The mutations I'm not a fan of especially since the human equivalent of secondary studies is a player choice. If the players were to get to pick what the mutation they get to start with that would be okay, but going in with a random boon that does nothing for them or worse the penalty from Heavy Build could make an already slow-moving (such as medium armor or a medium load) character even slower. I notice there seems to be an implication from the four-arm that it's possible to gain more than one possibly at a later point if this is the case then with the exception of the heavy build penalty unless additional mutations are optional.

Other than that the three races seem reasonably balanced with one another.

And I know it's fantasy, but the biology is a bit jarring. The number of chromosomes is the most easily determined piece of genetic information (so if there are more they must be hidden by magic) and 120bpm is relatively slow isn't even the bottom end of a cardio workout for all but the most elderly.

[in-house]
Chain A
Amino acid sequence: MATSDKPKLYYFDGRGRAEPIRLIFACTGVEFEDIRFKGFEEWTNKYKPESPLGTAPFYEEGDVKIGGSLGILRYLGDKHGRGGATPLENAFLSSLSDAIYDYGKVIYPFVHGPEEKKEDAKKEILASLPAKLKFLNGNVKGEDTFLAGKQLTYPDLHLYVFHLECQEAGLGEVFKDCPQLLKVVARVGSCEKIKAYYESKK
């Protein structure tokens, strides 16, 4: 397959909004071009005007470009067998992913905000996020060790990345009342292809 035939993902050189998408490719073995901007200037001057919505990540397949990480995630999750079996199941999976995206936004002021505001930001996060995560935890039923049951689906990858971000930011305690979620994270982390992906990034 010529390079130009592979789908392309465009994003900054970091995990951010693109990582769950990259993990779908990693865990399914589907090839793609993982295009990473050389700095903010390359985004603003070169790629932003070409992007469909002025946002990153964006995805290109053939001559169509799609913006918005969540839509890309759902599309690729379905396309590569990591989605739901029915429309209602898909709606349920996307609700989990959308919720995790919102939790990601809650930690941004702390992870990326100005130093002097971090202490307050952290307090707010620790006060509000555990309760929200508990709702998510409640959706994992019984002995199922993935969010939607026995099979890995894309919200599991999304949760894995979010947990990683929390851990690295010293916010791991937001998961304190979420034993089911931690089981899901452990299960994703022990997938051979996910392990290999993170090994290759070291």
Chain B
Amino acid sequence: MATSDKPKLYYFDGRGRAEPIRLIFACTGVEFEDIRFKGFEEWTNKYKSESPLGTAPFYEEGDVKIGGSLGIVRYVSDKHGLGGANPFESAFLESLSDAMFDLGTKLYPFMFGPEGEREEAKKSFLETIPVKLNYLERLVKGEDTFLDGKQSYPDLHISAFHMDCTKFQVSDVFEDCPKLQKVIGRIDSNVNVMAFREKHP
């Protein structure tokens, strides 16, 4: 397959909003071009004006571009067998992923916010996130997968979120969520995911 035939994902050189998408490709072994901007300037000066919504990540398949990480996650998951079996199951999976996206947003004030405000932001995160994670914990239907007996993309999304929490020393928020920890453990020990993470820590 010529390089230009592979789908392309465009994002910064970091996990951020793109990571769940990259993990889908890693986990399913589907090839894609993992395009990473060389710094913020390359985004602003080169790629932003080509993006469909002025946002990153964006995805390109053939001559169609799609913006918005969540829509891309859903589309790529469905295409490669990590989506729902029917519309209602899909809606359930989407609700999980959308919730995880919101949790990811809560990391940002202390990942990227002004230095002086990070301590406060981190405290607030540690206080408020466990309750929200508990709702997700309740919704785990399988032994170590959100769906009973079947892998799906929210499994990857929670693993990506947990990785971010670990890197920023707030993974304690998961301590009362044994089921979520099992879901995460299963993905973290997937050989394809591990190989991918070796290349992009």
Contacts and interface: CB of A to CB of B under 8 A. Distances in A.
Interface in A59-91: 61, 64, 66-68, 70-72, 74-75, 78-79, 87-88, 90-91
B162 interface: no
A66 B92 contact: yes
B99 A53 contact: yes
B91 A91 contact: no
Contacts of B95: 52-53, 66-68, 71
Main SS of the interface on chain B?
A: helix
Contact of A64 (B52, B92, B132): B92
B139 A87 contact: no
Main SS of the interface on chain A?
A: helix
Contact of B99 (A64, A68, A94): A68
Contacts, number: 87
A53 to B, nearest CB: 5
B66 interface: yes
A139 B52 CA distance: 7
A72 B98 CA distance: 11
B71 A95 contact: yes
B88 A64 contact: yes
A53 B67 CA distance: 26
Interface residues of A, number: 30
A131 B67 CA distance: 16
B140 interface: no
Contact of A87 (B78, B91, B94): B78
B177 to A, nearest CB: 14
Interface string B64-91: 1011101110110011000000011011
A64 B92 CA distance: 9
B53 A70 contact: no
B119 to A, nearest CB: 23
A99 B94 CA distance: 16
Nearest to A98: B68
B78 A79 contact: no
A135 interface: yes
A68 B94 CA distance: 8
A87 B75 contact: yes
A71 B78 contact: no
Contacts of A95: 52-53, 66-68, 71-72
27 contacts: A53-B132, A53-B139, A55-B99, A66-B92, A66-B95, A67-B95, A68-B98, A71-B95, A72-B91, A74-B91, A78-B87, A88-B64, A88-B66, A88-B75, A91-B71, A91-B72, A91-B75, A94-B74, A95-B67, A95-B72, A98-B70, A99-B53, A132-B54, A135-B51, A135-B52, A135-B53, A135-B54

The advance player’s guide is a separate book which contains the cavalier and a few other classes. You may want to get it to better understand how they work. In the meantime you can look here for the Cavalier class details:

All classes require the same amount of experience to level up but there are some differences based on the class.

At each level you gain more hit points according to your class hit die. So a for a Druid you would roll a d8 and add to that your Constitution modifier. (If you have a 12 Con, it would be a +1 giving you a d8+1 each time you level up in Druid. As a cavalier, our fiancé would gain a d10 plus her Con modifier. (Many GM allow you to take average rounding up instead so 5+Con and 6+Con per level respectively.)

You also gain skill points to assign each level according to your class. 4+Intelligence modifier each level for both Druid and Cavalier.